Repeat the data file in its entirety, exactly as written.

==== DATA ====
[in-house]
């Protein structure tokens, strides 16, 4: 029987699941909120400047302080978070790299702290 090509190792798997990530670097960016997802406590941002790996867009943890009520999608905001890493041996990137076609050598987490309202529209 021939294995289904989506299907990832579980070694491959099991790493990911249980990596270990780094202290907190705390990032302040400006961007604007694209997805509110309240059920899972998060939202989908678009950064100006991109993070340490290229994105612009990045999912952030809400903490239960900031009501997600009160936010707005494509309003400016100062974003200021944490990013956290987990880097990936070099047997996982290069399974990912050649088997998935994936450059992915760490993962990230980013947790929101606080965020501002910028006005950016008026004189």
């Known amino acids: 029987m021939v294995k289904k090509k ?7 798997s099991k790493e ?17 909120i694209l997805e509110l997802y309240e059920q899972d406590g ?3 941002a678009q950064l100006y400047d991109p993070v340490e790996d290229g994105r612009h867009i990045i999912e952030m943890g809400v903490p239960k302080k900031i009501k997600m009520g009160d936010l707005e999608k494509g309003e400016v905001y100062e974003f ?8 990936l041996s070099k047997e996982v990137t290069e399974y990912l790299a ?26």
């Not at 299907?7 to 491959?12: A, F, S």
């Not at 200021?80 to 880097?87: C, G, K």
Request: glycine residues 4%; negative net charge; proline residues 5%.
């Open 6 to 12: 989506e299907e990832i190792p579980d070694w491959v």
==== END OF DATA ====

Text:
[in-house]
């Protein structure tokens, strides 16, 4: 029987699941909120400047302080978070790299702290 090509190792798997990530670097960016997802406590941002790996867009943890009520999608905001890493041996990137076609050598987490309202529209 021939294995289904989506299907990832579980070694491959099991790493990911249980990596270990780094202290907190705390990032302040400006961007604007694209997805509110309240059920899972998060939202989908678009950064100006991109993070340490290229994105612009990045999912952030809400903490239960900031009501997600009160936010707005494509309003400016100062974003200021944490990013956290987990880097990936070099047997996982290069399974990912050649088997998935994936450059992915760490993962990230980013947790929101606080965020501002910028006005950016008026004189």
């Known amino acids: 029987m021939v294995k289904k090509k ?7 798997s099991k790493e ?17 909120i694209l997805e509110l997802y309240e059920q899972d406590g ?3 941002a678009q950064l100006y400047d991109p993070v340490e790996d290229g994105r612009h867009i990045i999912e952030m943890g809400v903490p239960k302080k900031i009501k997600m009520g009160d936010l707005e999608k494509g309003e400016v905001y100062e974003f ?8 990936l041996s070099k047997e996982v990137t290069e399974y990912l790299a ?26």
């Not at 299907?7 to 491959?12: A, F, S």
């Not at 200021?80 to 880097?87: C, G, K």
Request: glycine residues 4%; negative net charge; proline residues 5%.
């Open 6 to 12: 989506e299907e990832i190792p579980d070694w491959v």